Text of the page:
In order to achieve semiautomatic operation, the raising and lowering mechanisms described are automatically controlled to alter the height of the respective buckets 60 through 66 in accordance with the differing requirements of each succeeding processing station. Since each such processing station is located at a different angular position about the arc of circular travel of carrier arms 50 and 52, this is accomplished by controlling the bucket height as a function of its angular position at different stages of the circular travel.
It will be recalled from the description of FIGS 1 and 2, that each bucket, for example bucket 66, is raised or lowered by rocking motion of the arm 88 which is associated with the rotation of its crankshaft 90. FIGS. 3 and 4 best illustrate the manner in which rotation of the crankshaft 90, and its counterpart crankshafts 290, 390 and 490, is controlled as a function of angular position of the arms 50 and 52. At the radially inward end of the crankshaft 90, beyond its journal bracket 94, is affixed a crank arm 110. The remote end of this crank bar carries a cam-follower pin 112 which is rotatably mounted thereon. This follower rolls along a cam track 114, best seen in FIGS. 2 and 3. The cam track is formed by the vertically undulating edge of a cylindrical drum 116 secured to a sleeve 118 which in turn is affixed to the central post 30 (as best seen in FIG. 2). As the carrier arm 50 is driven through its circular travel (arrow 70) by its drive pin 54 on the drive table 40, the cam-follower 112 makes a complete circuit of the cam track 114, rising and falling with all of the vertical undulations of the cam track. Vertical motion of the follower 112 raises and lowers the crank to turn the crankshaft 90 for rocking the arm 88 so that the bucket 66 can be lowered or lifted automatically at each angular position about the circular orbit. As clearly indicated in FIGS. 3 and 4, the height of the remaining buckets is similarly controlled by similar mechanisms bearing corresponding reference numerals, e.g., 212, 210, etc. Thus, it will be appreciated that the buckets 60 through 66 proceed up and down one after the other as they circle through the successive processing stations of this apparatus in a continuous cycle.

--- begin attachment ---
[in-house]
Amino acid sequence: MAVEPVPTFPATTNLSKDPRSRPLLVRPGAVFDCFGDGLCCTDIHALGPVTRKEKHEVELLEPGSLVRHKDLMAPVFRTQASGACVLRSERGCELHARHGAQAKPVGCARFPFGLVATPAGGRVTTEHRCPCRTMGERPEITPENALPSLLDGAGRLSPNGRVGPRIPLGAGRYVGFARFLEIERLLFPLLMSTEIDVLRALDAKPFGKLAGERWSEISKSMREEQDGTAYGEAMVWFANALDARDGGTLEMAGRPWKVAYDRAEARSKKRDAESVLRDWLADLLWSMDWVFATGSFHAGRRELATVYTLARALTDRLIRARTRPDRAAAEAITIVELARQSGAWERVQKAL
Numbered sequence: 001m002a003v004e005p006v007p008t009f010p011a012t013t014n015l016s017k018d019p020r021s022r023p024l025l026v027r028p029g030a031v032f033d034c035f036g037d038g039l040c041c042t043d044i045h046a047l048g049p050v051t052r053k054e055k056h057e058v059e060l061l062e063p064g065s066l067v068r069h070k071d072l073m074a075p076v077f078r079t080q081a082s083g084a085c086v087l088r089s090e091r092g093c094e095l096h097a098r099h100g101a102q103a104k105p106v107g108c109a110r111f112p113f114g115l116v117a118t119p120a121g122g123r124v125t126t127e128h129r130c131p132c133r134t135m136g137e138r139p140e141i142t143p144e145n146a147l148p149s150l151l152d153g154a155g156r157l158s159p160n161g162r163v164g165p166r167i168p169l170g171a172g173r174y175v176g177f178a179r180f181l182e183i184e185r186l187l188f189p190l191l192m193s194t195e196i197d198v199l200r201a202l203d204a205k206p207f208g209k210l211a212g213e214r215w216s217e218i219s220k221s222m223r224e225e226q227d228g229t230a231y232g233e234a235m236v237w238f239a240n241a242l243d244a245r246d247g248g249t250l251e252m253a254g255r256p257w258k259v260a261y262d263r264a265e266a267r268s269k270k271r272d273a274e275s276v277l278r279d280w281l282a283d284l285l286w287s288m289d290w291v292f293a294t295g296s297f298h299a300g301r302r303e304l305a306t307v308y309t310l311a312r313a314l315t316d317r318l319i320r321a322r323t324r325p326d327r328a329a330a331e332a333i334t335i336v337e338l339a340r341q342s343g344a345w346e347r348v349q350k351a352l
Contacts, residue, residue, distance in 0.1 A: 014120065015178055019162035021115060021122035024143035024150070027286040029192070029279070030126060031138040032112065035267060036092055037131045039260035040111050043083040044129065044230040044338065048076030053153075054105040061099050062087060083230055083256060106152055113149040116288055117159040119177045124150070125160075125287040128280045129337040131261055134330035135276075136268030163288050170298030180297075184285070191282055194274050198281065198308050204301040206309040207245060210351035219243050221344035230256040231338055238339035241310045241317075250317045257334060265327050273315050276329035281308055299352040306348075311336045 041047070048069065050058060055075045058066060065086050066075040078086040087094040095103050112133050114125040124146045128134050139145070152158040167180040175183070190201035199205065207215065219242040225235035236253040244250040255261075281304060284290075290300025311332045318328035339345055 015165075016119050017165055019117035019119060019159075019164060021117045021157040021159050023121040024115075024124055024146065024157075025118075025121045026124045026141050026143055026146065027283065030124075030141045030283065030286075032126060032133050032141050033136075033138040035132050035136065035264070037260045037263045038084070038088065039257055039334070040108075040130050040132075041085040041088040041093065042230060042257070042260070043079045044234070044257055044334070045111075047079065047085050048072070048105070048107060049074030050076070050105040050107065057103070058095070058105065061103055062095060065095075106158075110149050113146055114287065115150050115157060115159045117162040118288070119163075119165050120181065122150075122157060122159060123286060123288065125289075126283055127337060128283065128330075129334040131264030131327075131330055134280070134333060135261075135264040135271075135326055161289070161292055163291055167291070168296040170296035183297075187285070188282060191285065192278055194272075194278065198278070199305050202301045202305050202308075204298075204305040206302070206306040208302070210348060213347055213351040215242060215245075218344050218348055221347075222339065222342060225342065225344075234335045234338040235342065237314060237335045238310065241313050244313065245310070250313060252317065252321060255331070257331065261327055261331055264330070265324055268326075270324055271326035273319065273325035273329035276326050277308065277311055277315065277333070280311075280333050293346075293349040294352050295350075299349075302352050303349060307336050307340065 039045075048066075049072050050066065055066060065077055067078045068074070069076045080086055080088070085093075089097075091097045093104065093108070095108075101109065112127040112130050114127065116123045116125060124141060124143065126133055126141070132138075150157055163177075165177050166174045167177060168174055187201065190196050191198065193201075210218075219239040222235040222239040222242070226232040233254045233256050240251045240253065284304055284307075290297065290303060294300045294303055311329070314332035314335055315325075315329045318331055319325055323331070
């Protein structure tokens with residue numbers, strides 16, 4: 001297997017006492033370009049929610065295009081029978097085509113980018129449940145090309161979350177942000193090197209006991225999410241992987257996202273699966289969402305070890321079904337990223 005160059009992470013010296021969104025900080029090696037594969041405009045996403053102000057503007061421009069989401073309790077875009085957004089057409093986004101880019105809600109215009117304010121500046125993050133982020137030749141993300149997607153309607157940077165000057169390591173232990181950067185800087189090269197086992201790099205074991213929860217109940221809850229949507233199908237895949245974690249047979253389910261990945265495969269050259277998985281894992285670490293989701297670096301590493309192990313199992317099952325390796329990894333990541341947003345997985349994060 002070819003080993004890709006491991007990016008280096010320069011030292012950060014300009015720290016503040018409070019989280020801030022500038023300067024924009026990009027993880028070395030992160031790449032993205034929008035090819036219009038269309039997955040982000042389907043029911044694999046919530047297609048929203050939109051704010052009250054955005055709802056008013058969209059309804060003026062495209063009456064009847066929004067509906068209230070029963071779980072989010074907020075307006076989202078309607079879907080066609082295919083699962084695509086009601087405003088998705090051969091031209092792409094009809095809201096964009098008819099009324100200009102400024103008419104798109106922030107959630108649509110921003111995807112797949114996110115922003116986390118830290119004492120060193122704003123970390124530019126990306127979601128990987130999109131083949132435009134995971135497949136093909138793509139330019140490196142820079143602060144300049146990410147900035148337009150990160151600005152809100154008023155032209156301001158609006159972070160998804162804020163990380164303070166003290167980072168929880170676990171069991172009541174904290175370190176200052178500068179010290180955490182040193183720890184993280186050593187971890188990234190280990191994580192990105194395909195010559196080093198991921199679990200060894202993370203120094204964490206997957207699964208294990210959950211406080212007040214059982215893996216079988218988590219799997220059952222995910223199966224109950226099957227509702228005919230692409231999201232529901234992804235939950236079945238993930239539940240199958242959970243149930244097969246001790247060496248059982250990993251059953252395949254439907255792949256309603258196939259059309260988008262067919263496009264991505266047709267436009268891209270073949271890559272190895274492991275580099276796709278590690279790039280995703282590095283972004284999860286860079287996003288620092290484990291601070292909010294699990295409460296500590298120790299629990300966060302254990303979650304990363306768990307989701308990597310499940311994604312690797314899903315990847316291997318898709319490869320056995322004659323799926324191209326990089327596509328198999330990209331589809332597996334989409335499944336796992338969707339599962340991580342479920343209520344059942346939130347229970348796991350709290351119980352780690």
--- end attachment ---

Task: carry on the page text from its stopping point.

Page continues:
Normally the buckets are spaced 90 apart from each other around the circle. This is determined by placement of the two driving pins, 54 and 55, 90 apart from each other. Pin 54 determines the driven position of carrier arm 50, and pin 55 determines the driven position of carrier arm 52. However, in a semiautomatic process such as this one where the intervention of an operator is required at certain stages, such human intervention can be accomplished more efficiently if the operator has some means of moving a desired bucket manually ahead of its driven position so that he can have more time to perform manual operations on that bucket or its contents, before the automatic drive mechanism is ready to move the bucket on to the next processing station.